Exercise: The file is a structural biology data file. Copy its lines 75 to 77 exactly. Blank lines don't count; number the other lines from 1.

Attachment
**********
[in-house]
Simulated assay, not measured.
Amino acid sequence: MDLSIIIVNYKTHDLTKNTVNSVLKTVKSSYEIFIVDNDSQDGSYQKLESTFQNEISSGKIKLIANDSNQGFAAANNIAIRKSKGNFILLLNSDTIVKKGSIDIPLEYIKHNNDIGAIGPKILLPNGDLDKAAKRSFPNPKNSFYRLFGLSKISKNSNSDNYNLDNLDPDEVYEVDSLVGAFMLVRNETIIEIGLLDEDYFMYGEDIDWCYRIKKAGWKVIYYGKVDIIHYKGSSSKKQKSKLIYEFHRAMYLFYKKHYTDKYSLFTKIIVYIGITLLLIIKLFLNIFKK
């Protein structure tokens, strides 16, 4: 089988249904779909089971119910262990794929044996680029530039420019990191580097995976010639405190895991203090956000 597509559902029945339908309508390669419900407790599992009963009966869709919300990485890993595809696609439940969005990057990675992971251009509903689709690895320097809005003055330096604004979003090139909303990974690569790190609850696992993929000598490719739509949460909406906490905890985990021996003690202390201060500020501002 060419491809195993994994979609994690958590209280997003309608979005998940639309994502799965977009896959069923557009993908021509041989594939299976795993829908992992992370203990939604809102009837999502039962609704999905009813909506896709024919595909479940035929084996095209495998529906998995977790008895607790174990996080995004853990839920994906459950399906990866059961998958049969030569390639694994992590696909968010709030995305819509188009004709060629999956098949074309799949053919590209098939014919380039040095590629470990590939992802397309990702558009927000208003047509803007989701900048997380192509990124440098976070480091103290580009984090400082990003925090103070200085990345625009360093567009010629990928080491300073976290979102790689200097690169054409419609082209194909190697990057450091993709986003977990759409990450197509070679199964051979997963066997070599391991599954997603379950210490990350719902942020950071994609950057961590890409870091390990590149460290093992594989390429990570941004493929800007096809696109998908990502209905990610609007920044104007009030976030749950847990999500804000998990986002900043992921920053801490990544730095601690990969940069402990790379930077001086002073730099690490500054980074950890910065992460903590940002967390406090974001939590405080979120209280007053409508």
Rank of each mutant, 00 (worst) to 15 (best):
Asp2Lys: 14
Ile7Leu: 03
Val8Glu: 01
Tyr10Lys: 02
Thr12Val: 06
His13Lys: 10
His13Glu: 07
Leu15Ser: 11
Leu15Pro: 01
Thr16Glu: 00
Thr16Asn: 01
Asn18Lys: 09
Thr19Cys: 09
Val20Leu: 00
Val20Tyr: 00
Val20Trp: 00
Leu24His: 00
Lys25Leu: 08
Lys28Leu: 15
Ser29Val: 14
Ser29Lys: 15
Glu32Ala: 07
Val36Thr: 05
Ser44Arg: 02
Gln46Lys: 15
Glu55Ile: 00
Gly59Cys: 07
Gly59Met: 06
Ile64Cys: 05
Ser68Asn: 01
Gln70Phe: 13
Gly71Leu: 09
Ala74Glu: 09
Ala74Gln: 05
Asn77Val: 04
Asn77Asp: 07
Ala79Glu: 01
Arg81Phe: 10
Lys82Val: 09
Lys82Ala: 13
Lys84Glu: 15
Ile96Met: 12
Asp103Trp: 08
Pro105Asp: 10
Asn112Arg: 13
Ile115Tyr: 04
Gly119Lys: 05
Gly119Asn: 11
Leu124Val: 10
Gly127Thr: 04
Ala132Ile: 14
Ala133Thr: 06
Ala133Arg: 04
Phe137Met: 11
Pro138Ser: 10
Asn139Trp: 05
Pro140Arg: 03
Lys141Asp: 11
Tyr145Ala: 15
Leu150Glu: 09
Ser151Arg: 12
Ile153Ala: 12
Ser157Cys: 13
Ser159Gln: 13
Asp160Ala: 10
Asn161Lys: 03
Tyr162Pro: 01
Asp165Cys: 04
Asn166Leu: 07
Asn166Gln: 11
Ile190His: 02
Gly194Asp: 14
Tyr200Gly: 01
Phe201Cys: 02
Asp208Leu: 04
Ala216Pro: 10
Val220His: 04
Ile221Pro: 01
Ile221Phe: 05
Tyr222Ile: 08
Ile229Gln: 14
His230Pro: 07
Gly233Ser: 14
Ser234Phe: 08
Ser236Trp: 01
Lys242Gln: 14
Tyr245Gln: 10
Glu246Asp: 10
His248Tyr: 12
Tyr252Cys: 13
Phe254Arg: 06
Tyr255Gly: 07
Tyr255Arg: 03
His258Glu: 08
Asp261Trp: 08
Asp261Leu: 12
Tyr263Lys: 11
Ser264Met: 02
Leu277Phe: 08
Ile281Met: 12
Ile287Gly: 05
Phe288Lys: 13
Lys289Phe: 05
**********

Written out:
Asn166Gln: 11
Ile190His: 02
Gly194Asp: 14